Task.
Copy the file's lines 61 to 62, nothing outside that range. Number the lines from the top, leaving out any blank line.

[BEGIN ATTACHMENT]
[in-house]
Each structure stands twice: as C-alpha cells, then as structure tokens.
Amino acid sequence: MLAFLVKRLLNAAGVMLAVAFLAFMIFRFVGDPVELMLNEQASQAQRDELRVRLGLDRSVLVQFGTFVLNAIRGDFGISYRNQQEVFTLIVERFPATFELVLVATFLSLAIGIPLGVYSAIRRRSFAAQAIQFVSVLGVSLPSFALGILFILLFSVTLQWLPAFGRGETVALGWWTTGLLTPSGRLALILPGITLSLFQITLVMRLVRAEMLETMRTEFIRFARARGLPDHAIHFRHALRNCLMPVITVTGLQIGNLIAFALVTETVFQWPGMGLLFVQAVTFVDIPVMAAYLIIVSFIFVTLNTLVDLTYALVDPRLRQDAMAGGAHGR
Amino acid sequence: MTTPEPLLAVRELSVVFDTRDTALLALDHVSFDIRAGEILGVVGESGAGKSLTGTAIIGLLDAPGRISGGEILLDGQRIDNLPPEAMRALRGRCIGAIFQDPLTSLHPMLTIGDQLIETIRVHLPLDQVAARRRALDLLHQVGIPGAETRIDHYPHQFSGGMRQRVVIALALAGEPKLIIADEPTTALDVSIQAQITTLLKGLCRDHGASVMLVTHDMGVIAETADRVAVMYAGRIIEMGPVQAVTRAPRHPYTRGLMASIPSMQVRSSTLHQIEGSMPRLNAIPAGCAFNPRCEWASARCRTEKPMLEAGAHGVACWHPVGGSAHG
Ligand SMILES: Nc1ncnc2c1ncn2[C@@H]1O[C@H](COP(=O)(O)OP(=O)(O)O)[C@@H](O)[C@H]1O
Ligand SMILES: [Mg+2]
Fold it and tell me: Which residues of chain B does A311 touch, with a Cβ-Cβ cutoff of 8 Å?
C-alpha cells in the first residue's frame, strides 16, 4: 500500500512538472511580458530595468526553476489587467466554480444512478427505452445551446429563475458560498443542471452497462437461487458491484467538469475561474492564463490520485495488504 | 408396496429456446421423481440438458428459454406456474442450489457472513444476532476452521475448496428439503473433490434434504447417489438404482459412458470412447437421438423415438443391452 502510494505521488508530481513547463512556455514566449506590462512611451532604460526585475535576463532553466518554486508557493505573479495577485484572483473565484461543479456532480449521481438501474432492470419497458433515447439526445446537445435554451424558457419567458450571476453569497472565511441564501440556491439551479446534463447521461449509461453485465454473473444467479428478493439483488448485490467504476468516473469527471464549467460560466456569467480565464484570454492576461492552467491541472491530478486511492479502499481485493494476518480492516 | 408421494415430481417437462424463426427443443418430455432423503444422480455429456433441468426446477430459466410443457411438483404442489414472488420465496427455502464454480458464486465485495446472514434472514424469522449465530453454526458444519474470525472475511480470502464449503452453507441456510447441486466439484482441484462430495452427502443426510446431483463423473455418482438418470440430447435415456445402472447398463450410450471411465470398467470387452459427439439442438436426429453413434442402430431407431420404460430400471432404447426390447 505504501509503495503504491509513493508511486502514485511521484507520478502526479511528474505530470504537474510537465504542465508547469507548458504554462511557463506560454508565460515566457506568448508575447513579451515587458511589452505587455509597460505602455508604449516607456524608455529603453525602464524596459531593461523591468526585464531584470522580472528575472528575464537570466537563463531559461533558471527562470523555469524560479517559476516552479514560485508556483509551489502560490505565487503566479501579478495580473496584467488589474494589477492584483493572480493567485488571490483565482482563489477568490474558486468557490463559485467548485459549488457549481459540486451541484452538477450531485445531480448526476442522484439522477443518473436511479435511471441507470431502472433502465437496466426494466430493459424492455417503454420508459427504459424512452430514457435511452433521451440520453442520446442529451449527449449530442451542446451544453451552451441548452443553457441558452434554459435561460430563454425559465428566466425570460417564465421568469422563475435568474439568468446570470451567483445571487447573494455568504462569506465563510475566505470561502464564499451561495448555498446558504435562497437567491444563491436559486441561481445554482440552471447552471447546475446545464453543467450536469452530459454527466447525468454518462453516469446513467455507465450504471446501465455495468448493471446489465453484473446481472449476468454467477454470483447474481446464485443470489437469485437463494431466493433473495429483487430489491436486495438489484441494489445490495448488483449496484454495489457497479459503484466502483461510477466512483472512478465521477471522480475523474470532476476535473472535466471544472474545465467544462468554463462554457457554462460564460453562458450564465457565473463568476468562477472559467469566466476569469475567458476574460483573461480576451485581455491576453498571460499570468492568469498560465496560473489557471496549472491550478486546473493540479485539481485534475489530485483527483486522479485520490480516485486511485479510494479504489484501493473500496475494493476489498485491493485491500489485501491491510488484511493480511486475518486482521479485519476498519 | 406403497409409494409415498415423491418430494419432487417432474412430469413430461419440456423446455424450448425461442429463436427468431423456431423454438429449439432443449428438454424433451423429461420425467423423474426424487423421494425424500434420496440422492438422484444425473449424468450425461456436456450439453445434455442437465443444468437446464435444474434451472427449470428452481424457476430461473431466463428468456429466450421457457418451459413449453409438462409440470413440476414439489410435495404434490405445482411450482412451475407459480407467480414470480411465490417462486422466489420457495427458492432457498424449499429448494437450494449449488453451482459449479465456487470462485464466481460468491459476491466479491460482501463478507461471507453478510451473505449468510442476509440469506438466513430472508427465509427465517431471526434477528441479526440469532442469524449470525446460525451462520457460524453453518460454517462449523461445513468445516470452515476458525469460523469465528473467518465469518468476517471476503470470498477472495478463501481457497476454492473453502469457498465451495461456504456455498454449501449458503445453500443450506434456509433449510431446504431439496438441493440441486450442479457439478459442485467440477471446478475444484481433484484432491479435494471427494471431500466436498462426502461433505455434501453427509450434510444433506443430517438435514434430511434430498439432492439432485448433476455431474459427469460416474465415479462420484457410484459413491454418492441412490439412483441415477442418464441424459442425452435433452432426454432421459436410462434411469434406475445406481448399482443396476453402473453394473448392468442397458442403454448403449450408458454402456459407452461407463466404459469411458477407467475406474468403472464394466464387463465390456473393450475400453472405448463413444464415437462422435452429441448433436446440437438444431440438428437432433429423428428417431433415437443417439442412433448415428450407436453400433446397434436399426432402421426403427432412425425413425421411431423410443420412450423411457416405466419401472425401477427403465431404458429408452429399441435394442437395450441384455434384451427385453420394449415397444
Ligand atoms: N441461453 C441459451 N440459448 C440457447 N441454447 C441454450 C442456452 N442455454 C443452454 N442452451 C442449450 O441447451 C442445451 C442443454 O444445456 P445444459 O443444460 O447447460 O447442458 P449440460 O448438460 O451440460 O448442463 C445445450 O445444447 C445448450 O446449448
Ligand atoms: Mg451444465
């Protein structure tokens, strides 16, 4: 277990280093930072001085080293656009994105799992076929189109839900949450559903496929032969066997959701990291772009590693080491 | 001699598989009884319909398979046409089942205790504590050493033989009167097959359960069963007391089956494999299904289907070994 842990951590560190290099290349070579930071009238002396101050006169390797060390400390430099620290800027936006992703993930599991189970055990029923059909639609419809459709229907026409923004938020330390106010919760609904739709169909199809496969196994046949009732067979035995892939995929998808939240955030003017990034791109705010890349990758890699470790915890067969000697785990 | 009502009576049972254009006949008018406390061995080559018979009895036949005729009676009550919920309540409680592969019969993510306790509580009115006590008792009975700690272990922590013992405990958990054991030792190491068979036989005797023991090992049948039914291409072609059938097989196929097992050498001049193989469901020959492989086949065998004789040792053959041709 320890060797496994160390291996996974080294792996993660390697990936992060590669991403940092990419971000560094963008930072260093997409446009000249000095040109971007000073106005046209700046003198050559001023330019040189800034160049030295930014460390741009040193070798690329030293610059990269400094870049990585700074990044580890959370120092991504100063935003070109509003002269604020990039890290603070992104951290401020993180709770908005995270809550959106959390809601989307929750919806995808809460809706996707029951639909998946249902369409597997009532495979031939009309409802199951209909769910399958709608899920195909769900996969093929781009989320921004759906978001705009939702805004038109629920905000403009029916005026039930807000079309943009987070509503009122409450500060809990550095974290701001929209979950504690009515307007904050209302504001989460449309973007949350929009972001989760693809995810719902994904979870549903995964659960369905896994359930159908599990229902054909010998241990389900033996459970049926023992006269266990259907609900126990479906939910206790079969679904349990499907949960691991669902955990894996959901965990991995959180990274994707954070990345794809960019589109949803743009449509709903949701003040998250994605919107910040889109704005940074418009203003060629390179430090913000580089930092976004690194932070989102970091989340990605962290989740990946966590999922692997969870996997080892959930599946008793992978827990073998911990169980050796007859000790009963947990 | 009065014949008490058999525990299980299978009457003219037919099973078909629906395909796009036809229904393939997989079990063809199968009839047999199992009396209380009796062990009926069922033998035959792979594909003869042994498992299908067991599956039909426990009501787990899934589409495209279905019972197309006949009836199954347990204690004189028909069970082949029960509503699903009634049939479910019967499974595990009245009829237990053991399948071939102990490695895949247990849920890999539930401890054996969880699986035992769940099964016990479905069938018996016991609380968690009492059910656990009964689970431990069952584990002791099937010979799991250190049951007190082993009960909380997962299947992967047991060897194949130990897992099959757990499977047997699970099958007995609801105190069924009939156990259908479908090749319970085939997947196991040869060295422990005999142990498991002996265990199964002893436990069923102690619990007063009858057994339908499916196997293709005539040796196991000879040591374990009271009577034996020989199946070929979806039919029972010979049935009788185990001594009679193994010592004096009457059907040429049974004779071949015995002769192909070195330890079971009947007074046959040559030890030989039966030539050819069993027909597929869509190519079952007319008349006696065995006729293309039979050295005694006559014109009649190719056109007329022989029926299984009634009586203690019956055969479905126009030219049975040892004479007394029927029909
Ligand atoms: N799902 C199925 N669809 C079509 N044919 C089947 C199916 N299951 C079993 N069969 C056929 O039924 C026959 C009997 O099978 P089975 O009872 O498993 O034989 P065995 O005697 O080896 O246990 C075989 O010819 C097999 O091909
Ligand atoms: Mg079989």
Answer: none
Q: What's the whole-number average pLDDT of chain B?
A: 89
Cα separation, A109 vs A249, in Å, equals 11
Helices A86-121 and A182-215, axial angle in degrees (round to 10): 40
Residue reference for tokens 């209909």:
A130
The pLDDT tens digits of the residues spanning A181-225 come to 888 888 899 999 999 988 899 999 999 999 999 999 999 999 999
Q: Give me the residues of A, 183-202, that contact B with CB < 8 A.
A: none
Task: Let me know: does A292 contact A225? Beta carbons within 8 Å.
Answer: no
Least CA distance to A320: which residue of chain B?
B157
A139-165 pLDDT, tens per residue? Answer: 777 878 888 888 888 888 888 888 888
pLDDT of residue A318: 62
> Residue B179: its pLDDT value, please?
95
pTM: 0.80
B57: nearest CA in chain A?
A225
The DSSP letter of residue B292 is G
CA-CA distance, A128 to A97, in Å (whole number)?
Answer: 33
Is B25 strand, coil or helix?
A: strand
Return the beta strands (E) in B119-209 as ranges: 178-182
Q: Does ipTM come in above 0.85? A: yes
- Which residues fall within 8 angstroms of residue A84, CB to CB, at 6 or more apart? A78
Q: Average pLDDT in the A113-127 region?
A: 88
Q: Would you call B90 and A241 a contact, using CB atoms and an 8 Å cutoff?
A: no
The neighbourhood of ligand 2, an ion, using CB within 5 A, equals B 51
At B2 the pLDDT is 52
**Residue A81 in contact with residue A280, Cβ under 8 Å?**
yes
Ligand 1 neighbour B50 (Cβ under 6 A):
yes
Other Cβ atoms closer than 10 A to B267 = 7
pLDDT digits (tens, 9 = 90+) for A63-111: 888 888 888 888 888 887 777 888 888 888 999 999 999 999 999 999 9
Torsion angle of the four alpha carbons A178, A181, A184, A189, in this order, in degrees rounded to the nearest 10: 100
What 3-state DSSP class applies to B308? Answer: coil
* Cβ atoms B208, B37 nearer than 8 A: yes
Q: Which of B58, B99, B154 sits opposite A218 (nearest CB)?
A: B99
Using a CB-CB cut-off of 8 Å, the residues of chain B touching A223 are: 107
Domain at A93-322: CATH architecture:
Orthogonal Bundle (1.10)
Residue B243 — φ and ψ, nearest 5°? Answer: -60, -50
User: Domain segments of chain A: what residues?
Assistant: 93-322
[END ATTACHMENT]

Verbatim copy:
Domain at A93-322: CATH architecture:
Orthogonal Bundle (1.10)